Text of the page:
Breaking Disability Law News

Michael J. Feinfeld on April 20, 2015

Do you have a disabled relative receiving government benefits but not enough money to set up a supplemental needs trust? Relief may be coming later this year.

At the end of 2014, President Obama signed into law new legislation allowing the parents or relatives of disabled individuals receiving government benefits, such as Medicaid or SSI benefits, to establish a tax deferred 529 plan to pay for certain expenses, a so called “529 ABLE account.”

The new law, which only allows for the establishment of one account per disabled individual, is slated to be enacted by individual states later this year after the period of time allotted for public comments expires.

The new law enables contributions to be made to 529 ABLE accounts to be made tax free by individuals (whether account owner their family members or friends, etc.) up to the amount of each person’s annual exclusion amount for gifts (i.e., $14,000 in 2015 indexed for inflation).

The assets distributed from these tax privileged accounts are not included in the disabled beneficiary’s gross income, will not be considered as a gift to the beneficiary, and will not count against the disabled beneficiary’s limitation on personal assets for the purposes of receiving government benefits.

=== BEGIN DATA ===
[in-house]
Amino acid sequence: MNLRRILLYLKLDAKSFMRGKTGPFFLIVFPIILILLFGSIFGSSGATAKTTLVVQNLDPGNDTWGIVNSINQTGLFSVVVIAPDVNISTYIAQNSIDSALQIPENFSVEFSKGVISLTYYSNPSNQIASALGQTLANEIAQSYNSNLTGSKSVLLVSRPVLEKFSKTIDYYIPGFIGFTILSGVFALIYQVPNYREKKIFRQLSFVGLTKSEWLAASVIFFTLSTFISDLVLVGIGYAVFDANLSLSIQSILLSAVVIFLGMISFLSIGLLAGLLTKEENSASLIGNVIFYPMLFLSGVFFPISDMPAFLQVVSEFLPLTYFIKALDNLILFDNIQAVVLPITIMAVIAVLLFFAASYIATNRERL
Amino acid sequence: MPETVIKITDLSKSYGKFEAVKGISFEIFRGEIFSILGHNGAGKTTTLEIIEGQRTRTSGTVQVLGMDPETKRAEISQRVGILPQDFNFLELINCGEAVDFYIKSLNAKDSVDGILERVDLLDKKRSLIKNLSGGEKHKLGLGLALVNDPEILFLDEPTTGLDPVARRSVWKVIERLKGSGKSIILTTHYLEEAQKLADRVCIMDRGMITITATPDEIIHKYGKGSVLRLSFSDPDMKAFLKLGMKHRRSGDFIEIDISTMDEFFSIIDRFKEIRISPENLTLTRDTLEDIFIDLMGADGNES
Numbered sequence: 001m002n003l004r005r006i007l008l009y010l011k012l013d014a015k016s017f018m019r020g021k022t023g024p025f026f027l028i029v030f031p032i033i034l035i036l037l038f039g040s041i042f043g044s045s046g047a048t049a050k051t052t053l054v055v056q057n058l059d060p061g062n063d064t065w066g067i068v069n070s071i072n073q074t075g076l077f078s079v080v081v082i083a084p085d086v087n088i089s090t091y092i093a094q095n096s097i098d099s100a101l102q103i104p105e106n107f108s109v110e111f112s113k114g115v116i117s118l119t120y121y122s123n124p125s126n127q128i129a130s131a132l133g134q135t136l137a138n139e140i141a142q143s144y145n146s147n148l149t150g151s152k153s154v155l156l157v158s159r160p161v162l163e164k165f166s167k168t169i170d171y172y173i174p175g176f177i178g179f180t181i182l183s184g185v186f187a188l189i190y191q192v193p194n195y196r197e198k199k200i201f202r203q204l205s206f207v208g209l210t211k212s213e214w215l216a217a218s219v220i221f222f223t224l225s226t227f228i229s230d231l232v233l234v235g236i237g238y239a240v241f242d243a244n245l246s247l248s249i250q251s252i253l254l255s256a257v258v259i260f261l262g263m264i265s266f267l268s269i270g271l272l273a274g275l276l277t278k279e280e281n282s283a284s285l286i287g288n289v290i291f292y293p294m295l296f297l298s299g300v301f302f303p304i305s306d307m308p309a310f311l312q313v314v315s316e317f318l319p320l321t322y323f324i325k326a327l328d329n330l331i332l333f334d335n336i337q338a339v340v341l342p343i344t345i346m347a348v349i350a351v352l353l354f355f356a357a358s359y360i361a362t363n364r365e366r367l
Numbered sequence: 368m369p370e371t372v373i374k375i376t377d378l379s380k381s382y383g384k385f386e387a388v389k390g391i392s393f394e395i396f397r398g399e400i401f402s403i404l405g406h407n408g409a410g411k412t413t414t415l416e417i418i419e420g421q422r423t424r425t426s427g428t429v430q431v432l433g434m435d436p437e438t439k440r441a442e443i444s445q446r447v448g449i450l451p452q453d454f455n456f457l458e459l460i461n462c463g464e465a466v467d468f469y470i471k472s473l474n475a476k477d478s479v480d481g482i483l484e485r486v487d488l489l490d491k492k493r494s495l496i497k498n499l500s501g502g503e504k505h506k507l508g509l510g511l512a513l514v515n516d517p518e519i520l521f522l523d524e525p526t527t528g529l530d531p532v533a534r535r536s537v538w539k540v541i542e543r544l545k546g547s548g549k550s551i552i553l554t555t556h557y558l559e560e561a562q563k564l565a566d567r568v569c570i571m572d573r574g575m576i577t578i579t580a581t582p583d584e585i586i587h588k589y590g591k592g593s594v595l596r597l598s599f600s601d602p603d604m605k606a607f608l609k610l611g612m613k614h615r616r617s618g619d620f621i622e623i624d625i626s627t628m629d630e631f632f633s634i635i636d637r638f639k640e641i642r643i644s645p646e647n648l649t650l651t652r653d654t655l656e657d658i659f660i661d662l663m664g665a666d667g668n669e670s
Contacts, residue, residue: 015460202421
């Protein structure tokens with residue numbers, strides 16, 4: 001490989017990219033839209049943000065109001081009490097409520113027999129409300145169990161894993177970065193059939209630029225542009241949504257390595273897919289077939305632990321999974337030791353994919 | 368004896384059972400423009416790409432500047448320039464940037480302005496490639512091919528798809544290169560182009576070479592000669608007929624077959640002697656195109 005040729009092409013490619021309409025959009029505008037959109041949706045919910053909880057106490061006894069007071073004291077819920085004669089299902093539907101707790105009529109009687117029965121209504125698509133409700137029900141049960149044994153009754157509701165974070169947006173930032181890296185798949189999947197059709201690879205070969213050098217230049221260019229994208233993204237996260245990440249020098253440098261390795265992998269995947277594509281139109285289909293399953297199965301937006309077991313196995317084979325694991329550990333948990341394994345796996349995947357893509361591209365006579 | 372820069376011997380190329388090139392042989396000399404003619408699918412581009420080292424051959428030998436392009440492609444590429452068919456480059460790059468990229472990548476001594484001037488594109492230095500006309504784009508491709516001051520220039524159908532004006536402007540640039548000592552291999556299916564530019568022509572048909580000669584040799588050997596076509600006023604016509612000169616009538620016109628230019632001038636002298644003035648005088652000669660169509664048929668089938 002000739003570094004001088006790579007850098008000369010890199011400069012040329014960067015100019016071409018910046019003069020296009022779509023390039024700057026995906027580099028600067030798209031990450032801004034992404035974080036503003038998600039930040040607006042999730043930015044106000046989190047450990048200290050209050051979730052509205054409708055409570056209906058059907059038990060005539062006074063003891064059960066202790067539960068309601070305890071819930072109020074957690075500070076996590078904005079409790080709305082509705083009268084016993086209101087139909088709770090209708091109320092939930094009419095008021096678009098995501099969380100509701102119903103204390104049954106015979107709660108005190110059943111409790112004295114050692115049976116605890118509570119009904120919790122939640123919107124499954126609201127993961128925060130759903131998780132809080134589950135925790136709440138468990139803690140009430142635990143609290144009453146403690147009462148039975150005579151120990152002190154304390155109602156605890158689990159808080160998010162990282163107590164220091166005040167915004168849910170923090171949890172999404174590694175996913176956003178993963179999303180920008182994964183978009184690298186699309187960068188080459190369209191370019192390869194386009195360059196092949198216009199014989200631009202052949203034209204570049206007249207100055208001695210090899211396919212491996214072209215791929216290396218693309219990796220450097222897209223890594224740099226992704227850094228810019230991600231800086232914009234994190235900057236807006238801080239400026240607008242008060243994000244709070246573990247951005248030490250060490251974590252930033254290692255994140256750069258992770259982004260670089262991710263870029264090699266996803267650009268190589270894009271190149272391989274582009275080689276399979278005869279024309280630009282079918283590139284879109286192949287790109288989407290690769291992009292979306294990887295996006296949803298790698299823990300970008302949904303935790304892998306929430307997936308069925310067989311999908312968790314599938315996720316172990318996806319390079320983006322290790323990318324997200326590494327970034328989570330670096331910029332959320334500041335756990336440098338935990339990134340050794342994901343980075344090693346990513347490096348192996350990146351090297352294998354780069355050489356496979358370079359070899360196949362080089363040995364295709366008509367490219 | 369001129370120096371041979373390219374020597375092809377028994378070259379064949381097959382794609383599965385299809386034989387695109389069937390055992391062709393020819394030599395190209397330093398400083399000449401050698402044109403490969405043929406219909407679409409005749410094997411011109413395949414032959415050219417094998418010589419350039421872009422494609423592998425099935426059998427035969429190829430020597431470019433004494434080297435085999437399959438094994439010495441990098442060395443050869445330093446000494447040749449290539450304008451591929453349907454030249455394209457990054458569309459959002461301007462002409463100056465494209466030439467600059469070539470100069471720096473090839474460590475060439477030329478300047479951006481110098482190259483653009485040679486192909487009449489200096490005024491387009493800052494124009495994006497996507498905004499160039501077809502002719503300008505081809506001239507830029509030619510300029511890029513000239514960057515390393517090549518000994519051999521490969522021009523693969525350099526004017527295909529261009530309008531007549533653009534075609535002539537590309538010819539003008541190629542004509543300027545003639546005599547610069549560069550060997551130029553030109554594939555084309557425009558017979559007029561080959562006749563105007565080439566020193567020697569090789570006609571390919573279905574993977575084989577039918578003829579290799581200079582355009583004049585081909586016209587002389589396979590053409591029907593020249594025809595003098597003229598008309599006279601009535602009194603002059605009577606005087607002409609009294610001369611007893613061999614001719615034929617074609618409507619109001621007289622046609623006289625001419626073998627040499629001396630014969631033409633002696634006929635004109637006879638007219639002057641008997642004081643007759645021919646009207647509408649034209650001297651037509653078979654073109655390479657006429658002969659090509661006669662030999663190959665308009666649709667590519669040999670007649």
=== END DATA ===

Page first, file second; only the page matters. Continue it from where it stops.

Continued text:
The owner of a 529 ABLE account will be entitled to use distributions to pay for a disabled individual’s “qualified disability expenses” such as “education, housing, employment training and support … health, prevention and wellness, financial management and administrative services, legal fees … and funeral and burial expenses,” etc.

While such accounts do not appear to be quite as flexible as supplemental needs trusts, which allow the trustees to “supplement” the government benefits of disabled individuals through distributions of articles and goods for their benefit, the creation of a 529 ABLE account should be somewhat easier and less costly than creating a supplemental needs trust or a pooled income trust.

However, it is clear that relatives wishing to benefit their disabled relatives may benefit from the establishment of both a 529 ABLE account as well as a supplemental needs trust or pooled income trust, since these accounts and trusts appear to be complimentary to each other.

If you are interested in this powerful new program or have more questions about how we can help you care for a disabled child or a relative, please email me to discuss at mfeinfeld@volkovalaw.com.

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